Russian President Vladimir Putin said he was saddened by the news of Silvio Berlusconi’s death, a “true friend” of his. Silvio Berlusconi, the boastful billionaire media mogul who was Italy’s longest-serving premier despite scandals over his sex-fueled parties and allegations of corruption, died Monday. He was 86.
His friendship with Russian President Vladimir Putin put him at odds with Meloni, a staunch supporter of Ukraine. On his 86th birthday, while the war raged, Putin sent Berlusconi best wishes and vodka, and the Italian boasted he returned the favour by sending back Italian wine.
Putin said: “For me, Silvio was a dear person, a true friend. I have always sincerely admired his wisdom, his ability to make balanced, far-sighted decisions even in the most difficult situations.”
Supporters applauded as his body arrived at his villa outside Milan from the city’s San Raffaele Hospital, where he had been treated for chronic leukemia. A state funeral will be held Wednesday in the city’s Duomo cathedral, according to the Milan Archdiocese.
A onetime cruise ship crooner, Berlusconi used his television networks and immense wealth to launch his long political career, inspiring both loyalty and loathing.
To admirers, the three-time premier was a capable and charismatic statesman who sought to elevate Italy on the world stage. To critics, he was a populist who threatened to undermine democracy by wielding political power as a tool to enrich himself and his businesses.
His Forza Italia political party was a coalition partner with current Premier Giorgia Meloni, a far-right leader who came to power last year, although he held no position in the government.
When former US President Donald Trump launched his political career, many drew comparisons to Berlusconi, noting they both had long business careers, sought to upend the existing political order, and grabbed attention for their over-the-top personalities and lavish lifestyles.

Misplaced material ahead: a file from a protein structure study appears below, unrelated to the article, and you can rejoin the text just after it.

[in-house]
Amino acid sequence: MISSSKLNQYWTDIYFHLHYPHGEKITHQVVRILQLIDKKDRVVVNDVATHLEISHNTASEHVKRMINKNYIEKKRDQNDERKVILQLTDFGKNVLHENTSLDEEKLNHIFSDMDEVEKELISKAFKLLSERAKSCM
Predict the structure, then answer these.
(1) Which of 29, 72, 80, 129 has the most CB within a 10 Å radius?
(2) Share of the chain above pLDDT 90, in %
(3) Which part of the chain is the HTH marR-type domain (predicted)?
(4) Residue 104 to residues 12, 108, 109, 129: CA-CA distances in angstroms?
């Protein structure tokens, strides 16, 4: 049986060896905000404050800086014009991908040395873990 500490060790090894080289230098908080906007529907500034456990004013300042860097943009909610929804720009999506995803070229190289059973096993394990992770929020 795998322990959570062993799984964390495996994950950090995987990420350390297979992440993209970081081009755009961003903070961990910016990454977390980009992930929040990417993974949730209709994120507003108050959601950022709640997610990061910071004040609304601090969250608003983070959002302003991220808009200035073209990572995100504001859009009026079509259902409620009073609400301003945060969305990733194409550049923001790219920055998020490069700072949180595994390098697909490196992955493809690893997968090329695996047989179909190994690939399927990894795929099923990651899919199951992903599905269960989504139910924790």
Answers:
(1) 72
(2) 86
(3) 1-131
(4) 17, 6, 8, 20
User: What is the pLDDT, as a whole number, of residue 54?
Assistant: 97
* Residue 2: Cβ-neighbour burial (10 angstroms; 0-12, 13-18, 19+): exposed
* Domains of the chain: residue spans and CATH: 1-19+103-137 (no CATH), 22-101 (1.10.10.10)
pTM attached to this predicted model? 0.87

Meloni remembered Berlusconi as “above all as a fighter.”
“He was a man who had never been afraid to defend his beliefs. And it was exactly that courage and determination that made him one of the most influential men in the history of Italy,” Meloni said on Italian TV.
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Former Premier Matteo Renzi recalled Berlusconi’s divisive legacy on Twitter. “Silvio Berlusconi made history in this country. Many loved him, many hated him. All must recognize that his impact on political life, but also economics, sports and television, has been without precedence.”
As Berlusconi aged, some derided his perpetual tan, hair transplants and live-in girlfriends who were decades younger. For many years, however, Berlusconi seemed untouchable despite the personal scandals.
Criminal cases were launched but ended in dismissals when statutes of limitations ran out in Italy’s slow-moving justice system, or he was victorious on appeal. Investigations targeted the tycoon’s steamy so-called “bunga bunga” parties involving young women and minors, or his businesses, which included the soccer team AC Milan, the country’s three biggest private TV networks, magazines and a daily newspaper, and advertising and film companies.
Only one led to a conviction that stuck — a tax fraud case stemming from a sale of movie rights in his business empire. The conviction was upheld in 2013 by Italy’s top criminal court, but he was spared prison because of his age, 76, and was ordered to do community service by assisting Alzheimer’s patients.
He still was stripped of his Senate seat and banned from running or holding public office for six years, under anti-corruption laws.
He stayed at the helm of Forza Italia, the centre-right party he created when he entered politics in the 1990s and named for a soccer cheer, “Let’s go, Italy.” With no groomed successor in sight, voters started to desert it.
He eventually held office again — elected to the European Parliament at age 82 and then last year to the Italian Senate.